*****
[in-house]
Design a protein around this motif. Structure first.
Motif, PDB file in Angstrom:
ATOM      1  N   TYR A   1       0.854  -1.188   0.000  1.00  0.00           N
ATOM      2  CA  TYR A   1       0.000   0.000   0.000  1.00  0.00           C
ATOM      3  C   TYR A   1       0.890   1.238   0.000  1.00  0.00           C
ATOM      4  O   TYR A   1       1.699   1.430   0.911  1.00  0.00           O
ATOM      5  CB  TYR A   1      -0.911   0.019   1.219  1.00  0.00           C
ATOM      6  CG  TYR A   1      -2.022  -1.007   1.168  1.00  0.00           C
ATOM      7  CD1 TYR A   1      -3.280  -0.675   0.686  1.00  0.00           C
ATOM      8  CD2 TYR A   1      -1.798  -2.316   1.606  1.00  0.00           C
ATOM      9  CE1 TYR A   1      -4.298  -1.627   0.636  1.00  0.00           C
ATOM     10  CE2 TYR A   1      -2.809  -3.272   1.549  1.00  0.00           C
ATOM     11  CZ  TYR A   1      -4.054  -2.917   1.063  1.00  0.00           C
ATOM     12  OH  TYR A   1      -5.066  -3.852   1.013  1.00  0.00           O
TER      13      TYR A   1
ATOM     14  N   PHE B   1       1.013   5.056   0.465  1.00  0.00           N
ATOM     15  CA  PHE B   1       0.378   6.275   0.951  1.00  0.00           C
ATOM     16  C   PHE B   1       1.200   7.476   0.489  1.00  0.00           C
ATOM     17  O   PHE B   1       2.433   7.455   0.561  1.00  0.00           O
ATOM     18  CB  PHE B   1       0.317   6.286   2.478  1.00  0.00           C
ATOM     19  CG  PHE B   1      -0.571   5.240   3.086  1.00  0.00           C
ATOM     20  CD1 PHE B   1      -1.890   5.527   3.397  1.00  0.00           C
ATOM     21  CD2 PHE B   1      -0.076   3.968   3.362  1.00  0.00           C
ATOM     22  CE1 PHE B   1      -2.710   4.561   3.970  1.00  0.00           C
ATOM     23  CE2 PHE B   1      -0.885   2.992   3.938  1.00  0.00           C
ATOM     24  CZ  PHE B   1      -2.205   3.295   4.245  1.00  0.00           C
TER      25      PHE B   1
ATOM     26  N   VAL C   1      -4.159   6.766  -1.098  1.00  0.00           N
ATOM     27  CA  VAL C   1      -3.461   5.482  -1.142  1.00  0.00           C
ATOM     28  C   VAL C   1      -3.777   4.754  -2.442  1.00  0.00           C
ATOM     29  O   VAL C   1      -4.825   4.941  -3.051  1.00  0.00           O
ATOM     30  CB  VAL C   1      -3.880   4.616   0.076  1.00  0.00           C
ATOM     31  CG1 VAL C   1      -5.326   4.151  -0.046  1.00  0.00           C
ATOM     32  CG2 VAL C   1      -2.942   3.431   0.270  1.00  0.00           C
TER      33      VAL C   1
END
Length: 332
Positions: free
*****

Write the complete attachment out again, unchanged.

[in-house]
Design a protein around this motif. Structure first.
Motif, PDB file in Angstrom:
ATOM      1  N   TYR A   1       0.854  -1.188   0.000  1.00  0.00           N
ATOM      2  CA  TYR A   1       0.000   0.000   0.000  1.00  0.00           C
ATOM      3  C   TYR A   1       0.890   1.238   0.000  1.00  0.00           C
ATOM      4  O   TYR A   1       1.699   1.430   0.911  1.00  0.00           O
ATOM      5  CB  TYR A   1      -0.911   0.019   1.219  1.00  0.00           C
ATOM      6  CG  TYR A   1      -2.022  -1.007   1.168  1.00  0.00           C
ATOM      7  CD1 TYR A   1      -3.280  -0.675   0.686  1.00  0.00           C
ATOM      8  CD2 TYR A   1      -1.798  -2.316   1.606  1.00  0.00           C
ATOM      9  CE1 TYR A   1      -4.298  -1.627   0.636  1.00  0.00           C
ATOM     10  CE2 TYR A   1      -2.809  -3.272   1.549  1.00  0.00           C
ATOM     11  CZ  TYR A   1      -4.054  -2.917   1.063  1.00  0.00           C
ATOM     12  OH  TYR A   1      -5.066  -3.852   1.013  1.00  0.00           O
TER      13      TYR A   1
ATOM     14  N   PHE B   1       1.013   5.056   0.465  1.00  0.00           N
ATOM     15  CA  PHE B   1       0.378   6.275   0.951  1.00  0.00           C
ATOM     16  C   PHE B   1       1.200   7.476   0.489  1.00  0.00           C
ATOM     17  O   PHE B   1       2.433   7.455   0.561  1.00  0.00           O
ATOM     18  CB  PHE B   1       0.317   6.286   2.478  1.00  0.00           C
ATOM     19  CG  PHE B   1      -0.571   5.240   3.086  1.00  0.00           C
ATOM     20  CD1 PHE B   1      -1.890   5.527   3.397  1.00  0.00           C
ATOM     21  CD2 PHE B   1      -0.076   3.968   3.362  1.00  0.00           C
ATOM     22  CE1 PHE B   1      -2.710   4.561   3.970  1.00  0.00           C
ATOM     23  CE2 PHE B   1      -0.885   2.992   3.938  1.00  0.00           C
ATOM     24  CZ  PHE B   1      -2.205   3.295   4.245  1.00  0.00           C
TER      25      PHE B   1
ATOM     26  N   VAL C   1      -4.159   6.766  -1.098  1.00  0.00           N
ATOM     27  CA  VAL C   1      -3.461   5.482  -1.142  1.00  0.00           C
ATOM     28  C   VAL C   1      -3.777   4.754  -2.442  1.00  0.00           C
ATOM     29  O   VAL C   1      -4.825   4.941  -3.051  1.00  0.00           O
ATOM     30  CB  VAL C   1      -3.880   4.616   0.076  1.00  0.00           C
ATOM     31  CG1 VAL C   1      -5.326   4.151  -0.046  1.00  0.00           C
ATOM     32  CG2 VAL C   1      -2.942   3.431   0.270  1.00  0.00           C
TER      33      VAL C   1
END
Length: 332
Positions: free